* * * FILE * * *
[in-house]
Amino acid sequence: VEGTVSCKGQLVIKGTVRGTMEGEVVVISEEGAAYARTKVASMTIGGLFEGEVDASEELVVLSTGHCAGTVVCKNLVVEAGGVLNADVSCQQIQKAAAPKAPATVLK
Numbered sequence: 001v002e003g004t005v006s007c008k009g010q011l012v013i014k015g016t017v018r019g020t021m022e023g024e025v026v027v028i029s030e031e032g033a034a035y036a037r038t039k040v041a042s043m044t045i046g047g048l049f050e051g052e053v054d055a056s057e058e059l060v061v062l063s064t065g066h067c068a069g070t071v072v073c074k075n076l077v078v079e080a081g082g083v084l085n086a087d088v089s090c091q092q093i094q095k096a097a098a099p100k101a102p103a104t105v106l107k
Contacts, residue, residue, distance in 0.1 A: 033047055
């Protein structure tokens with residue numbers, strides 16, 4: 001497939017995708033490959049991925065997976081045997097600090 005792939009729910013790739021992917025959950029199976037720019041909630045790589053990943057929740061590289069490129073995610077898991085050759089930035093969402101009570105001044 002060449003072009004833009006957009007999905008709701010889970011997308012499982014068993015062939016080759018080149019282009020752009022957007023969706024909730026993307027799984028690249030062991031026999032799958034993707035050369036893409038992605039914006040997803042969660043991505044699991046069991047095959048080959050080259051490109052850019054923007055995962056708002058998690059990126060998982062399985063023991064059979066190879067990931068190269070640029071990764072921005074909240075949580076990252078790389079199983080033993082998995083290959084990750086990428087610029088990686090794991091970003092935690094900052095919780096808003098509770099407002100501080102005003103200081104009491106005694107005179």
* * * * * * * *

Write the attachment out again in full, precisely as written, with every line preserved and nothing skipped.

[in-house]
Amino acid sequence: VEGTVSCKGQLVIKGTVRGTMEGEVVVISEEGAAYARTKVASMTIGGLFEGEVDASEELVVLSTGHCAGTVVCKNLVVEAGGVLNADVSCQQIQKAAAPKAPATVLK
Numbered sequence: 001v002e003g004t005v006s007c008k009g010q011l012v013i014k015g016t017v018r019g020t021m022e023g024e025v026v027v028i029s030e031e032g033a034a035y036a037r038t039k040v041a042s043m044t045i046g047g048l049f050e051g052e053v054d055a056s057e058e059l060v061v062l063s064t065g066h067c068a069g070t071v072v073c074k075n076l077v078v079e080a081g082g083v084l085n086a087d088v089s090c091q092q093i094q095k096a097a098a099p100k101a102p103a104t105v106l107k
Contacts, residue, residue, distance in 0.1 A: 033047055
């Protein structure tokens with residue numbers, strides 16, 4: 001497939017995708033490959049991925065997976081045997097600090 005792939009729910013790739021992917025959950029199976037720019041909630045790589053990943057929740061590289069490129073995610077898991085050759089930035093969402101009570105001044 002060449003072009004833009006957009007999905008709701010889970011997308012499982014068993015062939016080759018080149019282009020752009022957007023969706024909730026993307027799984028690249030062991031026999032799958034993707035050369036893409038992605039914006040997803042969660043991505044699991046069991047095959048080959050080259051490109052850019054923007055995962056708002058998690059990126060998982062399985063023991064059979066190879067990931068190269070640029071990764072921005074909240075949580076990252078790389079199983080033993082998995083290959084990750086990428087610029088990686090794991091970003092935690094900052095919780096808003098509770099407002100501080102005003103200081104009491106005694107005179």